Instructional Design Matters: Here’s Why

The word design may call to mind beautiful objects, sleek lines, carefully crafted spaces or even visions of high fashion and marketing genus.  Indeed, design is an active process of making conscious choices about the look and feel of an object or experience. To the untrained eye, we only seem to notice when design is bad – because it fails to meet our needs. However, to the designers working on those minute details, every choice is carefully considered, and not a single user’s need goes unexamined.

While it was not always the case, the field of instructional design brings the same level of thoughtful decision making to the process of crafting instruction and education. All educators make hundreds of choices during their work with learners, and many of these choices ‘work’ for the seasoned instructor. Due to narrow attention spans, and the incredible power of technology, there is a huge potential for precise design when it comes to learning. Educators, from pk-12, to higher ed, to corporate settings, now have more potential for impact because of what we know about instructional design.

1. Intention

Instructional design is an important field because it allows educators to slow down and bring attention and intention to their work and decisions.  

“When it comes to learning, what we choose to do is guided by our judgments of what works and what doesn’t, and we are easily misled.” – Peter C. Brown, Make It Stick

Small decisions in instructional design can yield big results.  For instance, consider video. Flipping the classroom is now common across a variety of classroom environments. While video is an excellent tool, how it’s used has to be carefully considered. Learners are more likely to engage with a video that is 6 minutes or less. While this doesn’t seem important,  it is these types of small adjustments, grounded in learning theory that can maximize our ability to reach all learners.

2. Access

Instructional design also allows us to consider the ways in which we provide access to learning.  Universal Design for Learning (UDL) is a framework for ensuring that all learners have multiple ways to enter into content, engage with learning, and demonstrate knowledge.  UDL has the potential to benefit all learners, and provide more access to the available content. Developing a framework for instructional design, and using UDL principles can at first be a conscious effort but overtime becomes  a practiced approach to teaching.

3. Desired Learning Outcomes

Good design is often considered ‘invisible’, because the designer has fully considered the needs to the user, and integrated those ideas into her work.  Instructional design can be a powerful process to spotlight the desired learning outcomes, and guide the learner through a series of scaffolded experiences to reach the learning outcomes.  An instructional designer, like any educator, begins with the learning goals in mind, and then carefully maps the multiple journeys learners will need to take to make sense of content.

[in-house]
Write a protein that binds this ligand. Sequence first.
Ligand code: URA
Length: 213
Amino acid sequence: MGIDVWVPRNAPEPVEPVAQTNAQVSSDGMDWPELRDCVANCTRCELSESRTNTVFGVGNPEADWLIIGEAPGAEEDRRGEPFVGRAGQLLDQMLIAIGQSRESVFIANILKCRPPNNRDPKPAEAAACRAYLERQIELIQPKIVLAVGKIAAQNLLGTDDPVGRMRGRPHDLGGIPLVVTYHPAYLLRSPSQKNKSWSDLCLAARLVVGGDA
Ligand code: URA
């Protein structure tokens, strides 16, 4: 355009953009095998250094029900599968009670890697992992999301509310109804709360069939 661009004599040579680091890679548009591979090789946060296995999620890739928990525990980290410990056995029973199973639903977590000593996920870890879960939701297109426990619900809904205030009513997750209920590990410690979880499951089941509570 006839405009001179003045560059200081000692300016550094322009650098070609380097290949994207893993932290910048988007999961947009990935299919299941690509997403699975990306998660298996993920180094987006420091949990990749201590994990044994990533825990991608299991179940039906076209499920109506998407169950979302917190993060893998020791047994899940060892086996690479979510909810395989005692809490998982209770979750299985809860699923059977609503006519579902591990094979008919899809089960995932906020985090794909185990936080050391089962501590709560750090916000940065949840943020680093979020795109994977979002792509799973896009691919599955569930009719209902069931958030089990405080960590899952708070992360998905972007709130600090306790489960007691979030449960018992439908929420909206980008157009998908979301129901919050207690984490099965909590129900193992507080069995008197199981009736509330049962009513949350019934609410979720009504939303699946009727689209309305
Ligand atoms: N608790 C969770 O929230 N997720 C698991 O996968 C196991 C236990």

4. Measurable Results

Time is a precious commodity, and there is increasing competition for the limited time we have in education.  Great instructional time allows educators to think carefully and purposefully about how to maximize learning, and provide students with the critical space to think, reflect, discuss and make sense of new ideas.  Instructional designers are intentional about the learning experiences, and therefore are able to see measurable results in the learning outcomes.

Looking to Gain New Skills?

Are you interested in taking the next step with your own practice as an instructional designer? Join us this summer to begin in our 2018  Certificate in Instructional Design cohort. A recent alumni from the program offered these thoughts on her experience:

“The Graduate Certificate in Instructional Design program absolutely improved my practice as an academic librarian. Guided by experts in the field of educational technologies and pedagogies, I was able to learn an incredible amount in a condensed time period. In the course of the program I produced several information literacy lesson plans, created an online module for learning citations, developed a peer coaching model that I’m presenting at the American Library Association Annual Conference, and authored an article for a professional journal about how to engage with citations using critical theory. UMaine Online offered the flexibility for me to pursue these myriad professional projects that advanced my career goals. I am very grateful to the program faculty for providing such enriching experiences that I continue to draw from regularly as Librarian for English and History at the University of California, Los Angeles. I would highly recommend anyone who works at the intersection of technology and education in any context to consider enrolling.

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